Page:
How to create spaces for students to connect and learn online
With so much technology available to us today, finding the right platform or tool to use in our classrooms (online and in-person) can present some challenges. Among them:
- Which tools will benefit our students the most?
- What purpose will each tool serve for our students and for our professional growth?
- How does technology enable us to provide more for our students?
- And perhaps one of the most common questions: How much time will I need to get started?
When it comes to technology use, there are also concerns, such as access for students, the cost involved (if any), privacy and security, and how any collected data will be used. We must consider each one when we bring tools into our schools (and into online learning) and also focus on each tool’s purpose.
Fostering learning beyond the classroom
What are some ed-tech options that allow students to communicate and share learning beyond the traditional classroom? I will cover three that educators can use to promote student choice, foster the development of digital citizenship skills, and extend learning to meet students’ interests and needs. Using them, students can be creators, rather than simply consumers. They can take initiative and decide which tool format best suits their needs and interests, and then use it to build skills in more personalized ways.
Educators can use ed-tech tools to promote student choice, foster the development of digital citizenship skills, and extend learning to meet students’ interests and needs.
These ed-tech options also allow educators to hear from each student and to provide the authentic, specific and timely feedback that is important for student growth. Each tool can be used to facilitate global collaboration between classrooms, promoting cultural awareness and creating a more authentic and meaningful learning experience.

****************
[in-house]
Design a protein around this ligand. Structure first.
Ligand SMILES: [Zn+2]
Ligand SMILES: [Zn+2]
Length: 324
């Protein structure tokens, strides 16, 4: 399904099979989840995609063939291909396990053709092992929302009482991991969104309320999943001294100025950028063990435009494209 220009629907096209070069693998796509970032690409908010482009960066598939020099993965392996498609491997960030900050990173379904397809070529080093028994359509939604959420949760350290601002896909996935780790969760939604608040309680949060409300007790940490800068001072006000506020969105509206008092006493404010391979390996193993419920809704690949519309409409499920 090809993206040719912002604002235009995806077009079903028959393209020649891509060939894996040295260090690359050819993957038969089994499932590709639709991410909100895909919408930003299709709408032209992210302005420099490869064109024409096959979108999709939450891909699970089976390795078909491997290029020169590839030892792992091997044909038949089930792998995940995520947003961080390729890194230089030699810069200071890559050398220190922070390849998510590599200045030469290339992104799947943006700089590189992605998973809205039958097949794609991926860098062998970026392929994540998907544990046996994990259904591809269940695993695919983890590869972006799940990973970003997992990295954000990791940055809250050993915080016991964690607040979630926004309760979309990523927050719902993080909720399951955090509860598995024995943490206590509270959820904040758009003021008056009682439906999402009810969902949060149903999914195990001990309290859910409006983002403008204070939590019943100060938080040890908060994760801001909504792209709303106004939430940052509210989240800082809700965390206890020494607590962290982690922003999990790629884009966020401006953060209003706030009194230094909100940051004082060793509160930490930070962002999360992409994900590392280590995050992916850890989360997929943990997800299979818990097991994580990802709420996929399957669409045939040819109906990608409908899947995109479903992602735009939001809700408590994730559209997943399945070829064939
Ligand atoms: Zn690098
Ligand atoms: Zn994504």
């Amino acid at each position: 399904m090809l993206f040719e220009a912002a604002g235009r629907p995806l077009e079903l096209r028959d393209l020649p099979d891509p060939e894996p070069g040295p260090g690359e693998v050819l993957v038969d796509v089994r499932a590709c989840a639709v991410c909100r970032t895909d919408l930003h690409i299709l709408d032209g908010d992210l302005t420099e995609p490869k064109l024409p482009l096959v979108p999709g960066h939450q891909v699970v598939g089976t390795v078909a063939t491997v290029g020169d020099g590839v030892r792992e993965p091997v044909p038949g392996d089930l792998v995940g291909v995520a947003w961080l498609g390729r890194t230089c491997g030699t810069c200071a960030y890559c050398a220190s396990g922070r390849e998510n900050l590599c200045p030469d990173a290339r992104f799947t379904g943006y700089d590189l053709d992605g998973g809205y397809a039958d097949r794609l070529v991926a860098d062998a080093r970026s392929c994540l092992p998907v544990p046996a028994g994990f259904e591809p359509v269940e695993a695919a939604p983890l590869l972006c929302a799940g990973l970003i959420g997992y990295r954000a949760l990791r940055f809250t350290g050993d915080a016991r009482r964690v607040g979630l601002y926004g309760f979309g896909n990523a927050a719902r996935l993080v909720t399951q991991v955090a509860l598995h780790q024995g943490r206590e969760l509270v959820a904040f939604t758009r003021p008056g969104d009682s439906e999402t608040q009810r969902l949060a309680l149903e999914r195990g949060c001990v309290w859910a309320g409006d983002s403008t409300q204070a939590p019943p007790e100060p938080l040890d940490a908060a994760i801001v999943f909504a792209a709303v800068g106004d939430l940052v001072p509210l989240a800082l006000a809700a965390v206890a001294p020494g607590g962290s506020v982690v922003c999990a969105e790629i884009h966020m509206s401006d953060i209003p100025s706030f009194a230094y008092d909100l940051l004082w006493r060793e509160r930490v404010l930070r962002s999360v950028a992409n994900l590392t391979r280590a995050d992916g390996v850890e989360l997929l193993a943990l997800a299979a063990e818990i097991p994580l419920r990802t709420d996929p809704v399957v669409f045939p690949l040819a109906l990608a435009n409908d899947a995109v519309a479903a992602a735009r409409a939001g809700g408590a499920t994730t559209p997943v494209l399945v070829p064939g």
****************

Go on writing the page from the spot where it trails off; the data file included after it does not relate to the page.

The three tools are:
- Wakelet, a free tool, has become a versatile one in the past few months. It started as a content curation tool, and I used it to bring together a variety of resources. Due to the recent integrations with tools such as Buncee and Flipgrid, educators can now use it for student collaboration on projects, discussions, resource sharing, and recording of short videos. Students can use it as a digital journal or to create a mix of responses to evidence-based learning.
- Parlay is a discussion platform in which teachers can create their own discussion question or topic or select from the discussion topic library. With Parlay, students use a code to join a discussion; they can join a live roundtable or continue it asynchronously. For the prompt, students have materials to review and can then submit their responses, provide peer feedback, and participate in a Socratic-style discussion. Teachers have access to data and can provide feedback to students in a timely, more personalized manner. (Parlay offers some free prompts as well as a paid subscription option.)
- YoTeach! is a free backchannel communication tool, which has become an alternative to the now shuttered Today’s Meet. Using YoTeach!, educators can create a chat room to post questions and moderate discussions. They can delete responses and control who is communicating within the chat room. Some additional interactive features: the option to submit a drawing, create a poll, use the voting feature, and promote collaboration between students. All are helpful for fostering the development of social-emotional learning skills.
DA’s coronavirus page offers complete coverage of the impacts on K-12.
Interested in edtech? Keep up with DA's Future of Education Technology Conference®.